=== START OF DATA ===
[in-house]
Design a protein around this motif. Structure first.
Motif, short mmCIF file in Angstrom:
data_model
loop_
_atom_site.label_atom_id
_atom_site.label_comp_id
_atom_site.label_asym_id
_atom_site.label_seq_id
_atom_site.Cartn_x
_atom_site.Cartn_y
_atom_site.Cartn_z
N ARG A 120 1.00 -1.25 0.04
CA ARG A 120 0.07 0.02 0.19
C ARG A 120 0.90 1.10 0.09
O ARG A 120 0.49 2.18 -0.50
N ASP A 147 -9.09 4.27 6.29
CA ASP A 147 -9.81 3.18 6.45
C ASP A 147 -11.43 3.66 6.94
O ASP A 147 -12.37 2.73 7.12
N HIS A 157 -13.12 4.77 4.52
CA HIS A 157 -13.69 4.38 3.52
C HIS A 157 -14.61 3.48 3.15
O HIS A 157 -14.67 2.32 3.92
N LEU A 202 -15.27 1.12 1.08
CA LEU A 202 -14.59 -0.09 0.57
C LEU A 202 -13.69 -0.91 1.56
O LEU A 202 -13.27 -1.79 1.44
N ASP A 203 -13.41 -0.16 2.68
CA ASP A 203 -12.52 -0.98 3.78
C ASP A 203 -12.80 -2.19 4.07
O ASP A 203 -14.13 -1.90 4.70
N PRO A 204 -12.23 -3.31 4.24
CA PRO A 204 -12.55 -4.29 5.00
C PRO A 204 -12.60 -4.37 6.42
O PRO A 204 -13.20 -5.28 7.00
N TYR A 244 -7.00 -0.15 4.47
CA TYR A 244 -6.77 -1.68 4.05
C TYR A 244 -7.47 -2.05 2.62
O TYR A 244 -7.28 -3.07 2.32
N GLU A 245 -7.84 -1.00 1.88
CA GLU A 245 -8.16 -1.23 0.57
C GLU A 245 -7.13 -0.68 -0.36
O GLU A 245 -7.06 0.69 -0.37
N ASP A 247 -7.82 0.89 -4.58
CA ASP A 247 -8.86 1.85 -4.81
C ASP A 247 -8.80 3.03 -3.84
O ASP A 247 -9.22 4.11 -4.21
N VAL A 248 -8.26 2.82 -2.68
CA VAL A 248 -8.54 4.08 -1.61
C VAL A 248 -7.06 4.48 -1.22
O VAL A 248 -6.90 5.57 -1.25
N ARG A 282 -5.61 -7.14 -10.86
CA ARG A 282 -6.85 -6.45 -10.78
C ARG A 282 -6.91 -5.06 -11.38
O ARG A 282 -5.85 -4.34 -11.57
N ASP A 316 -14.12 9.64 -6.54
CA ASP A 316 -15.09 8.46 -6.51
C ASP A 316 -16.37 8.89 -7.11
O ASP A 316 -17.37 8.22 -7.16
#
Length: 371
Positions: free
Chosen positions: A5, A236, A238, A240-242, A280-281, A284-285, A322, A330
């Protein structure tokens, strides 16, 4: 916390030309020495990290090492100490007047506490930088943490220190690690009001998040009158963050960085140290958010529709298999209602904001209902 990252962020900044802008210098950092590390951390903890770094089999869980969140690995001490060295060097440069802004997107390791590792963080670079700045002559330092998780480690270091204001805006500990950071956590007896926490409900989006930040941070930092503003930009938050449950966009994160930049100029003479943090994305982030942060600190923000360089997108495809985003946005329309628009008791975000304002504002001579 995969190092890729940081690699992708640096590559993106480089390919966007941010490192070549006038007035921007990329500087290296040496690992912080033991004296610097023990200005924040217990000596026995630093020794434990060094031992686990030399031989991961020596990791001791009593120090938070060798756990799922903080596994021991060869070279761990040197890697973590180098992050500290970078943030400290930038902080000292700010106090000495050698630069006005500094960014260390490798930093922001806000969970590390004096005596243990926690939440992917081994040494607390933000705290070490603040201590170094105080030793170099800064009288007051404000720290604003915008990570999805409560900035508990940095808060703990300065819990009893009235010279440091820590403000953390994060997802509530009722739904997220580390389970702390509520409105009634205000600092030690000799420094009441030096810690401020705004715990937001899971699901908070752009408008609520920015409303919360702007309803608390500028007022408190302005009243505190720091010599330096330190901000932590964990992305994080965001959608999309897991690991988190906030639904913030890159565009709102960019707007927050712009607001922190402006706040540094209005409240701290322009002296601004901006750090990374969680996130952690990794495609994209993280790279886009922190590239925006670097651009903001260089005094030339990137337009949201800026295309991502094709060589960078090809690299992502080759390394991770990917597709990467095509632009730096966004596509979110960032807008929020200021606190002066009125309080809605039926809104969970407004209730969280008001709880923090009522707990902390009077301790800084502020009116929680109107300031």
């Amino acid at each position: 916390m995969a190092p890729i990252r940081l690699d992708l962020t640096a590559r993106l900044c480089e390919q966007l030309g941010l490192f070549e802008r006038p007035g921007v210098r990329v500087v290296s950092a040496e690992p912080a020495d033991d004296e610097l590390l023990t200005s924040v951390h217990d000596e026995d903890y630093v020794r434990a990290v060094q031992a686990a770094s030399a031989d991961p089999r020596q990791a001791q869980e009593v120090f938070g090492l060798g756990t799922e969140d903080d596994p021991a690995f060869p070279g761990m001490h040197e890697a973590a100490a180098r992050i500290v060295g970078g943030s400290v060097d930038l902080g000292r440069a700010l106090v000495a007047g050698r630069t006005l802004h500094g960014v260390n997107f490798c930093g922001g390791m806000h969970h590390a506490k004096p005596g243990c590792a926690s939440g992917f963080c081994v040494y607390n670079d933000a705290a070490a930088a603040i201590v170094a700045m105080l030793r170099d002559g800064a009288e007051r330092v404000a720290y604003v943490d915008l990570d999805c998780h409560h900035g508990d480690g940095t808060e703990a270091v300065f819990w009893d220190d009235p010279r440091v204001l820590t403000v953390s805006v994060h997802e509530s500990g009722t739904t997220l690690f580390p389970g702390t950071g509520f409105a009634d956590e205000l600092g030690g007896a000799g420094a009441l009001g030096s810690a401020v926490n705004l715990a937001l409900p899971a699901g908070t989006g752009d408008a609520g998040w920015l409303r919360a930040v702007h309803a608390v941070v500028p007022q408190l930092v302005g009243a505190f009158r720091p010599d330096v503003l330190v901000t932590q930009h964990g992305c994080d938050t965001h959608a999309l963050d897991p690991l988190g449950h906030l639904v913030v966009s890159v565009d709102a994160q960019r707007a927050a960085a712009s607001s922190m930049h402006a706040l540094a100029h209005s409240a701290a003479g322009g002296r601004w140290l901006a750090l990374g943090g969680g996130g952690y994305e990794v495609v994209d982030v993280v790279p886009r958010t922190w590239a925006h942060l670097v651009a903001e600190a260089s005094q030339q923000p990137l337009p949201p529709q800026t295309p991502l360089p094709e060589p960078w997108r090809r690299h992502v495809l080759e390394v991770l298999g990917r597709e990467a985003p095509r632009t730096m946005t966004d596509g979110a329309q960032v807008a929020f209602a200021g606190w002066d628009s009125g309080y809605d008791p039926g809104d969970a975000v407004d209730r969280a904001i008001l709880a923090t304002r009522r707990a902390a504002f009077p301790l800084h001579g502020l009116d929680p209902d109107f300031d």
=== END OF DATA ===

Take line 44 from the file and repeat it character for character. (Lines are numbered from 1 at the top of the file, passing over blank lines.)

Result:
O GLU A 245 -7.06 0.69 -0.37